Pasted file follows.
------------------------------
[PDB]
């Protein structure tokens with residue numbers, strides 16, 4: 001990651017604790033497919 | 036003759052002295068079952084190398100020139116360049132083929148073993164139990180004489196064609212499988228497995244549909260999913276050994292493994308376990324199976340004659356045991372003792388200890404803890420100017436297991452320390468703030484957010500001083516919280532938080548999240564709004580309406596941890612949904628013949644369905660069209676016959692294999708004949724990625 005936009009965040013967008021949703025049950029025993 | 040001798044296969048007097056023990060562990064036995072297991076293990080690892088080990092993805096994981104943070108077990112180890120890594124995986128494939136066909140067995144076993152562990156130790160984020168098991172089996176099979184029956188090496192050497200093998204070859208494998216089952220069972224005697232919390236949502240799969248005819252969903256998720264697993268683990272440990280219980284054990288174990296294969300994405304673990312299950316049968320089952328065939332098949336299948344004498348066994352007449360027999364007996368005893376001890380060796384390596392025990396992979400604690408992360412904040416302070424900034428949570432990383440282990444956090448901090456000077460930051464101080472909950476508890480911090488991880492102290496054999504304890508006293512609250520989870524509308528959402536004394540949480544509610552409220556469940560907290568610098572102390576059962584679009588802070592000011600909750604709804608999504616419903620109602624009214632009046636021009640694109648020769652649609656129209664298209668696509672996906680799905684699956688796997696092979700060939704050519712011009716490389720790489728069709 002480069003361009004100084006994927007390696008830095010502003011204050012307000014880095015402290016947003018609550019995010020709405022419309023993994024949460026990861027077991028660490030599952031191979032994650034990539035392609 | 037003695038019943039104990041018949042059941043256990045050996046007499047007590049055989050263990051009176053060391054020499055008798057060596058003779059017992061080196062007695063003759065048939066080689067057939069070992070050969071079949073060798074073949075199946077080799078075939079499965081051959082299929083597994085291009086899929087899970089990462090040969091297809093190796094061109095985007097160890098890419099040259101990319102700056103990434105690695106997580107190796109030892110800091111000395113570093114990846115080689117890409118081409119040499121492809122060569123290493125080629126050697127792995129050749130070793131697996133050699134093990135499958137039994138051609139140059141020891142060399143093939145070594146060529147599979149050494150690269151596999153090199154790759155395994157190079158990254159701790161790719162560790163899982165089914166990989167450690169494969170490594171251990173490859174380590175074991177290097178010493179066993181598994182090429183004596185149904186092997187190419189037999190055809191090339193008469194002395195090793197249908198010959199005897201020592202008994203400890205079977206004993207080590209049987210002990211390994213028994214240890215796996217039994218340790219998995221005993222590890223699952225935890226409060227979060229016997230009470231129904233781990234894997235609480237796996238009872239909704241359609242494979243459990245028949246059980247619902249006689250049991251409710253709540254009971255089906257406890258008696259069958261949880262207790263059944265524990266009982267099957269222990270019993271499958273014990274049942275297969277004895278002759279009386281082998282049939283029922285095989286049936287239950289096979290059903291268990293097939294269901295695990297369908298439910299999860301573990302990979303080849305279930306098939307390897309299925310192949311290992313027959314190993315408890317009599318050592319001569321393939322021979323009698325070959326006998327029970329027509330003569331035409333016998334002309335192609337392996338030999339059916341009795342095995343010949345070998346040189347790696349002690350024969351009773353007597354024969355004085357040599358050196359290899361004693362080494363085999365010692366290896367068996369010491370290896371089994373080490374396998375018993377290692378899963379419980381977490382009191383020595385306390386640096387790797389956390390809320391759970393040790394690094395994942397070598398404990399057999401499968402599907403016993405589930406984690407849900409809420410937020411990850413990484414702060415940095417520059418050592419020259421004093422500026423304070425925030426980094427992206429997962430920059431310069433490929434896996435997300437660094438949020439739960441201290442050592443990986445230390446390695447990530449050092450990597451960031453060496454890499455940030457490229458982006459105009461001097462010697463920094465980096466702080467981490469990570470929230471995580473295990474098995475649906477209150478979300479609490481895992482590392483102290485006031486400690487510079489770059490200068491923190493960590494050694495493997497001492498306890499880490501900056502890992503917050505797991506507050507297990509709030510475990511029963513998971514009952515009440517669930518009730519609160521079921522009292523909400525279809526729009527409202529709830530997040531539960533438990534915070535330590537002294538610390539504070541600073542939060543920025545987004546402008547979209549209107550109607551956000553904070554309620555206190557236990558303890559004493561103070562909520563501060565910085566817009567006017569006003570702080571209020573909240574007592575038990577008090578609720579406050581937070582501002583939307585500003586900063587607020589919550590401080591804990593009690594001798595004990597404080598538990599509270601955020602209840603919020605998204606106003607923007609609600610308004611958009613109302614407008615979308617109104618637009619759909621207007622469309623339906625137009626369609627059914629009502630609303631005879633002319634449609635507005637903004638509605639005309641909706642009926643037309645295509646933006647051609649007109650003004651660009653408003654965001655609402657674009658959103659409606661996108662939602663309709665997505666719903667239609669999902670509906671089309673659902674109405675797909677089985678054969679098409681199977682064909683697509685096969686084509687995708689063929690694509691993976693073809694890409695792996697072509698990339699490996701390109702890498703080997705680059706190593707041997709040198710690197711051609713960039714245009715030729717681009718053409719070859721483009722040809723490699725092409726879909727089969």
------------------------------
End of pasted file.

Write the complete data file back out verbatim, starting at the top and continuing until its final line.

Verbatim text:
[PDB]
């Protein structure tokens with residue numbers, strides 16, 4: 001990651017604790033497919 | 036003759052002295068079952084190398100020139116360049132083929148073993164139990180004489196064609212499988228497995244549909260999913276050994292493994308376990324199976340004659356045991372003792388200890404803890420100017436297991452320390468703030484957010500001083516919280532938080548999240564709004580309406596941890612949904628013949644369905660069209676016959692294999708004949724990625 005936009009965040013967008021949703025049950029025993 | 040001798044296969048007097056023990060562990064036995072297991076293990080690892088080990092993805096994981104943070108077990112180890120890594124995986128494939136066909140067995144076993152562990156130790160984020168098991172089996176099979184029956188090496192050497200093998204070859208494998216089952220069972224005697232919390236949502240799969248005819252969903256998720264697993268683990272440990280219980284054990288174990296294969300994405304673990312299950316049968320089952328065939332098949336299948344004498348066994352007449360027999364007996368005893376001890380060796384390596392025990396992979400604690408992360412904040416302070424900034428949570432990383440282990444956090448901090456000077460930051464101080472909950476508890480911090488991880492102290496054999504304890508006293512609250520989870524509308528959402536004394540949480544509610552409220556469940560907290568610098572102390576059962584679009588802070592000011600909750604709804608999504616419903620109602624009214632009046636021009640694109648020769652649609656129209664298209668696509672996906680799905684699956688796997696092979700060939704050519712011009716490389720790489728069709 002480069003361009004100084006994927007390696008830095010502003011204050012307000014880095015402290016947003018609550019995010020709405022419309023993994024949460026990861027077991028660490030599952031191979032994650034990539035392609 | 037003695038019943039104990041018949042059941043256990045050996046007499047007590049055989050263990051009176053060391054020499055008798057060596058003779059017992061080196062007695063003759065048939066080689067057939069070992070050969071079949073060798074073949075199946077080799078075939079499965081051959082299929083597994085291009086899929087899970089990462090040969091297809093190796094061109095985007097160890098890419099040259101990319102700056103990434105690695106997580107190796109030892110800091111000395113570093114990846115080689117890409118081409119040499121492809122060569123290493125080629126050697127792995129050749130070793131697996133050699134093990135499958137039994138051609139140059141020891142060399143093939145070594146060529147599979149050494150690269151596999153090199154790759155395994157190079158990254159701790161790719162560790163899982165089914166990989167450690169494969170490594171251990173490859174380590175074991177290097178010493179066993181598994182090429183004596185149904186092997187190419189037999190055809191090339193008469194002395195090793197249908198010959199005897201020592202008994203400890205079977206004993207080590209049987210002990211390994213028994214240890215796996217039994218340790219998995221005993222590890223699952225935890226409060227979060229016997230009470231129904233781990234894997235609480237796996238009872239909704241359609242494979243459990245028949246059980247619902249006689250049991251409710253709540254009971255089906257406890258008696259069958261949880262207790263059944265524990266009982267099957269222990270019993271499958273014990274049942275297969277004895278002759279009386281082998282049939283029922285095989286049936287239950289096979290059903291268990293097939294269901295695990297369908298439910299999860301573990302990979303080849305279930306098939307390897309299925310192949311290992313027959314190993315408890317009599318050592319001569321393939322021979323009698325070959326006998327029970329027509330003569331035409333016998334002309335192609337392996338030999339059916341009795342095995343010949345070998346040189347790696349002690350024969351009773353007597354024969355004085357040599358050196359290899361004693362080494363085999365010692366290896367068996369010491370290896371089994373080490374396998375018993377290692378899963379419980381977490382009191383020595385306390386640096387790797389956390390809320391759970393040790394690094395994942397070598398404990399057999401499968402599907403016993405589930406984690407849900409809420410937020411990850413990484414702060415940095417520059418050592419020259421004093422500026423304070425925030426980094427992206429997962430920059431310069433490929434896996435997300437660094438949020439739960441201290442050592443990986445230390446390695447990530449050092450990597451960031453060496454890499455940030457490229458982006459105009461001097462010697463920094465980096466702080467981490469990570470929230471995580473295990474098995475649906477209150478979300479609490481895992482590392483102290485006031486400690487510079489770059490200068491923190493960590494050694495493997497001492498306890499880490501900056502890992503917050505797991506507050507297990509709030510475990511029963513998971514009952515009440517669930518009730519609160521079921522009292523909400525279809526729009527409202529709830530997040531539960533438990534915070535330590537002294538610390539504070541600073542939060543920025545987004546402008547979209549209107550109607551956000553904070554309620555206190557236990558303890559004493561103070562909520563501060565910085566817009567006017569006003570702080571209020573909240574007592575038990577008090578609720579406050581937070582501002583939307585500003586900063587607020589919550590401080591804990593009690594001798595004990597404080598538990599509270601955020602209840603919020605998204606106003607923007609609600610308004611958009613109302614407008615979308617109104618637009619759909621207007622469309623339906625137009626369609627059914629009502630609303631005879633002319634449609635507005637903004638509605639005309641909706642009926643037309645295509646933006647051609649007109650003004651660009653408003654965001655609402657674009658959103659409606661996108662939602663309709665997505666719903667239609669999902670509906671089309673659902674109405675797909677089985678054969679098409681199977682064909683697509685096969686084509687995708689063929690694509691993976693073809694890409695792996697072509698990339699490996701390109702890498703080997705680059706190593707041997709040198710690197711051609713960039714245009715030729717681009718053409719070859721483009722040809723490699725092409726879909727089969």